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Astronaut shares groovy space trip

Don Pettit / NASA

This is a composite of 18 time-exposure images photographed from a mounted camera on the International Space Station, from approximately 240 miles above Earth. The image is filled with star trails and spiraling reflections from the space station's solar arrays.




Flying on the International Space Station is the world's biggest high, and a series of psychedelic time-exposure images engineered by NASA astronaut Don Pettit proves it.

This picture, showing the station's truss structure in the foreground and Earth's airglow in the background, is actually a composite of 18 different exposures. A couple of other pictures in the series step things up a notch by putting together 47 exposures. Here's Pettit's explanation of the process, as laid out in the NASA Twitter gallery:


"My star trail images are made by taking a time exposure of about 10 to 15 minutes. However, with modern digital cameras, 30 seconds is about the longest exposure possible, due to electronic detector noise effectively snowing out the image. To achieve the longer exposures, I do what many amateur astronomers do. I take multiple 30-second exposures, then 'stack' them using imaging software, thus producing the longer exposure."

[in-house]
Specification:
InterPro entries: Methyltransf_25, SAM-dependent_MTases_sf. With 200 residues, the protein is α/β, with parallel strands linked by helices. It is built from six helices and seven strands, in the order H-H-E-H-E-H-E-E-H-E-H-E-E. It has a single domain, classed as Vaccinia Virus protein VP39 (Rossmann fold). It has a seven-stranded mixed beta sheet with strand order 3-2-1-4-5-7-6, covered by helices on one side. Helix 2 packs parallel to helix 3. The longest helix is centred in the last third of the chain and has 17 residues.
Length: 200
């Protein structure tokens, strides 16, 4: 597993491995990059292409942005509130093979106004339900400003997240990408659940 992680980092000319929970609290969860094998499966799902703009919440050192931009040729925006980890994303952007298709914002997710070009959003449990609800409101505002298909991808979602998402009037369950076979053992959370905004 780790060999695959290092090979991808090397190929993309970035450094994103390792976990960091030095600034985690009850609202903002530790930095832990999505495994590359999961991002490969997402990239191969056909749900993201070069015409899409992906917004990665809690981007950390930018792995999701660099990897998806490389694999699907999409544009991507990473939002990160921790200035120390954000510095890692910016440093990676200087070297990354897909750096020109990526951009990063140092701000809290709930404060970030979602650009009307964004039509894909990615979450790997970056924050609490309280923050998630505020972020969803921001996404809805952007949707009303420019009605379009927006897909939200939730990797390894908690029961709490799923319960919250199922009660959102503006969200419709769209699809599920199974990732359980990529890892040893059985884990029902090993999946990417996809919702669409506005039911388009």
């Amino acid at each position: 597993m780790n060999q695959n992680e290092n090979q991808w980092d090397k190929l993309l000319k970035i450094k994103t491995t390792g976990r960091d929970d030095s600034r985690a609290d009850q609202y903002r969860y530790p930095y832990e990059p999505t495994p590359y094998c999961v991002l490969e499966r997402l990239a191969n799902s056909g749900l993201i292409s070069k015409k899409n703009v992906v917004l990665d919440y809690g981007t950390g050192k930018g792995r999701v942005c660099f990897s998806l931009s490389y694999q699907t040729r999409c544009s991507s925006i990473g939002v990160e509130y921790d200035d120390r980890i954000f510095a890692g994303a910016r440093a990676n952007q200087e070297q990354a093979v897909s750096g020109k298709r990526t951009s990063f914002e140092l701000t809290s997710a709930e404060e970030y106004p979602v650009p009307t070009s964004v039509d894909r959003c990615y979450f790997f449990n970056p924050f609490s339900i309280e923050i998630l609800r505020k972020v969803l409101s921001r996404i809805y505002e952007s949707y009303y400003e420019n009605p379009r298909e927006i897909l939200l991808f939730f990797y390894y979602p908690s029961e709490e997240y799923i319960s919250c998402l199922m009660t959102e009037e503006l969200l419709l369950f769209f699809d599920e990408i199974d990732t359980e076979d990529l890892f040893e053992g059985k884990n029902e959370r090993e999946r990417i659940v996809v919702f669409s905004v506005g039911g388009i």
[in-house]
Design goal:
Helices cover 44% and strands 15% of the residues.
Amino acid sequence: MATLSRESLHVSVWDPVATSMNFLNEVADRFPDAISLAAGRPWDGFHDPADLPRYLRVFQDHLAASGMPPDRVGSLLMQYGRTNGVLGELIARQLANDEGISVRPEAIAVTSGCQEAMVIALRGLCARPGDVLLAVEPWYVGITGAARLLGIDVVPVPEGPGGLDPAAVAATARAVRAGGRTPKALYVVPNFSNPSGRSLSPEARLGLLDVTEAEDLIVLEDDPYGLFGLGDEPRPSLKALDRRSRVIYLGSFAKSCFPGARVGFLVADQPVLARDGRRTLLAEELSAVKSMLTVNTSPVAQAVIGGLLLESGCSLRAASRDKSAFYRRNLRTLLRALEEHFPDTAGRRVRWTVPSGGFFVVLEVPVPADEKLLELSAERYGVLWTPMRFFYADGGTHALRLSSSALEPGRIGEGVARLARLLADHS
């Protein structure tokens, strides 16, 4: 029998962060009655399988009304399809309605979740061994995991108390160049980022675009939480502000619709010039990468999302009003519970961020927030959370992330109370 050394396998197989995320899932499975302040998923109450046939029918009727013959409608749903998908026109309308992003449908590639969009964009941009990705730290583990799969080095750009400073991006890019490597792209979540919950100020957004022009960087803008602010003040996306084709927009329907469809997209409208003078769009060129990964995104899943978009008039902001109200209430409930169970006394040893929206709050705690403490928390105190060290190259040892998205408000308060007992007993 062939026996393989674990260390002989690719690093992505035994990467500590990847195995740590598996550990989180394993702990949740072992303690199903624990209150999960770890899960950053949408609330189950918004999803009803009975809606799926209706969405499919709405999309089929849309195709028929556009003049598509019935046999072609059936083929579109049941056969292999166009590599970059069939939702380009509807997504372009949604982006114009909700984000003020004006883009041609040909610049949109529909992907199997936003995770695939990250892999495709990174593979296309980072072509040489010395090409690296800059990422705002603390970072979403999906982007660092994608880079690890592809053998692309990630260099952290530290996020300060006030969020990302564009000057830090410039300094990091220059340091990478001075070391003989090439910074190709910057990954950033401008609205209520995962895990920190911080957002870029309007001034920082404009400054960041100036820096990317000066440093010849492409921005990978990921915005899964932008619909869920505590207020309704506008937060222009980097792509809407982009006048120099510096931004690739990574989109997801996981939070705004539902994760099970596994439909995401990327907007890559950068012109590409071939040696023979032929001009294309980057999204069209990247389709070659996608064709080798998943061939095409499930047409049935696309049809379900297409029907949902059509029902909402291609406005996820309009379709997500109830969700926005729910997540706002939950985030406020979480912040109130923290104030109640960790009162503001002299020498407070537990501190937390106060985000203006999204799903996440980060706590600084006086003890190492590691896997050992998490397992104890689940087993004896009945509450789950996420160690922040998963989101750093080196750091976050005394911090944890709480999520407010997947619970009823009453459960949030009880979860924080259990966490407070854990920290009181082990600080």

This isn't the only experiment Pettit has been conducting during his stint on the space station. A wide variety of scientific tests are under way in orbit, ranging from studies of human health in zero-G to the chemistry of Scotch whisky in weightlessness. Pettit has shown off some pretty trippy experiments in a couple of space station videos, including the creation of antibubbles within bubbles and the sight of sonic water droplets rockin' out to the sounds of ZZ Top. As Pettit says in one of the videos: "Oh, wow!" Check out the full "Science Off the Sphere" series, presented in cooperation with the American Physical Society.

NASA astronaut Don Pettit injects bubbles inside bubbles in microgravity.

Don Pettit demonstrates water oscillations on a speaker in microgravity.

More about the space station:


Tip o' the Log to Phil Plait at the Bad Astronomy blog.

Alan Boyle is msnbc.com's science editor. Connect with the Cosmic Log community by "liking" the log's Facebook page, following @b0yle on Twitter and adding the Cosmic Log page to your Google+ presence. You can also check out "The Case for Pluto," my book about the controversial dwarf planet and the search for new worlds.